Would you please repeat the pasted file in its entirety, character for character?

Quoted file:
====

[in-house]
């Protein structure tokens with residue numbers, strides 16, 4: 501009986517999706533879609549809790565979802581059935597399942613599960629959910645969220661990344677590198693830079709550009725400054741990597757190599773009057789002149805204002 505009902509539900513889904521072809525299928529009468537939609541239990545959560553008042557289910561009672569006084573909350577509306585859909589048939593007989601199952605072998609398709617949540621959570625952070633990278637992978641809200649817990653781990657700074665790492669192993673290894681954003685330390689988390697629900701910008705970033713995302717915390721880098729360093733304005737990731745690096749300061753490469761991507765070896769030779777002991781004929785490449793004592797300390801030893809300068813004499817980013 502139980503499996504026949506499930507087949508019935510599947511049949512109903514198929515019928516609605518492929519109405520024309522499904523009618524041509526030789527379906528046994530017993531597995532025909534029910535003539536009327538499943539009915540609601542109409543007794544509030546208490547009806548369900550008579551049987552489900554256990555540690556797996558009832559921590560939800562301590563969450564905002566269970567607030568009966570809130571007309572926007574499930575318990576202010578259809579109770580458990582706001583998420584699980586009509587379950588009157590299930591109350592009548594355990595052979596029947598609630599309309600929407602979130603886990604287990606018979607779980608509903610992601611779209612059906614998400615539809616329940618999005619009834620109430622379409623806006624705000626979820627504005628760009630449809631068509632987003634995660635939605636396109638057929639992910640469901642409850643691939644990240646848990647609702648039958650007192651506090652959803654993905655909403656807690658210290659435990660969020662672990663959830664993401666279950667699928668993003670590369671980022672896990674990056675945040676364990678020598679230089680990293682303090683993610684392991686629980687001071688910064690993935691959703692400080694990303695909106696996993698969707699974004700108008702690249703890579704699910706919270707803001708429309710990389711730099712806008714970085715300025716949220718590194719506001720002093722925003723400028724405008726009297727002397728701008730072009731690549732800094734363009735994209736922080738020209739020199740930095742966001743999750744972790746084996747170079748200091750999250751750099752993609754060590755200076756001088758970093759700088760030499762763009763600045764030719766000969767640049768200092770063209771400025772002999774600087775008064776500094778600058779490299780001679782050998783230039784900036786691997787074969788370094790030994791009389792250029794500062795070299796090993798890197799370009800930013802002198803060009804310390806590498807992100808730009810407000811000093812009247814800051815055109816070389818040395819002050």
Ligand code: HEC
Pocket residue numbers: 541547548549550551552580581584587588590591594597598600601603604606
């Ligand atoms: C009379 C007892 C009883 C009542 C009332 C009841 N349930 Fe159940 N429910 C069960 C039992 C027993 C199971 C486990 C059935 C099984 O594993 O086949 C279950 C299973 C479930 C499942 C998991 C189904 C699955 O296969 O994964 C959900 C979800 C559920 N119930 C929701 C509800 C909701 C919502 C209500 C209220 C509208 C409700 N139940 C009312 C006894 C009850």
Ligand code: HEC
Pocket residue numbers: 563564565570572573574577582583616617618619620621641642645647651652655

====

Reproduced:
[in-house]
């Protein structure tokens with residue numbers, strides 16, 4: 501009986517999706533879609549809790565979802581059935597399942613599960629959910645969220661990344677590198693830079709550009725400054741990597757190599773009057789002149805204002 505009902509539900513889904521072809525299928529009468537939609541239990545959560553008042557289910561009672569006084573909350577509306585859909589048939593007989601199952605072998609398709617949540621959570625952070633990278637992978641809200649817990653781990657700074665790492669192993673290894681954003685330390689988390697629900701910008705970033713995302717915390721880098729360093733304005737990731745690096749300061753490469761991507765070896769030779777002991781004929785490449793004592797300390801030893809300068813004499817980013 502139980503499996504026949506499930507087949508019935510599947511049949512109903514198929515019928516609605518492929519109405520024309522499904523009618524041509526030789527379906528046994530017993531597995532025909534029910535003539536009327538499943539009915540609601542109409543007794544509030546208490547009806548369900550008579551049987552489900554256990555540690556797996558009832559921590560939800562301590563969450564905002566269970567607030568009966570809130571007309572926007574499930575318990576202010578259809579109770580458990582706001583998420584699980586009509587379950588009157590299930591109350592009548594355990595052979596029947598609630599309309600929407602979130603886990604287990606018979607779980608509903610992601611779209612059906614998400615539809616329940618999005619009834620109430622379409623806006624705000626979820627504005628760009630449809631068509632987003634995660635939605636396109638057929639992910640469901642409850643691939644990240646848990647609702648039958650007192651506090652959803654993905655909403656807690658210290659435990660969020662672990663959830664993401666279950667699928668993003670590369671980022672896990674990056675945040676364990678020598679230089680990293682303090683993610684392991686629980687001071688910064690993935691959703692400080694990303695909106696996993698969707699974004700108008702690249703890579704699910706919270707803001708429309710990389711730099712806008714970085715300025716949220718590194719506001720002093722925003723400028724405008726009297727002397728701008730072009731690549732800094734363009735994209736922080738020209739020199740930095742966001743999750744972790746084996747170079748200091750999250751750099752993609754060590755200076756001088758970093759700088760030499762763009763600045764030719766000969767640049768200092770063209771400025772002999774600087775008064776500094778600058779490299780001679782050998783230039784900036786691997787074969788370094790030994791009389792250029794500062795070299796090993798890197799370009800930013802002198803060009804310390806590498807992100808730009810407000811000093812009247814800051815055109816070389818040395819002050």
Ligand code: HEC
Pocket residue numbers: 541547548549550551552580581584587588590591594597598600601603604606
């Ligand atoms: C009379 C007892 C009883 C009542 C009332 C009841 N349930 Fe159940 N429910 C069960 C039992 C027993 C199971 C486990 C059935 C099984 O594993 O086949 C279950 C299973 C479930 C499942 C998991 C189904 C699955 O296969 O994964 C959900 C979800 C559920 N119930 C929701 C509800 C909701 C919502 C209500 C209220 C509208 C409700 N139940 C009312 C006894 C009850």
Ligand code: HEC
Pocket residue numbers: 563564565570572573574577582583616617618619620621641642645647651652655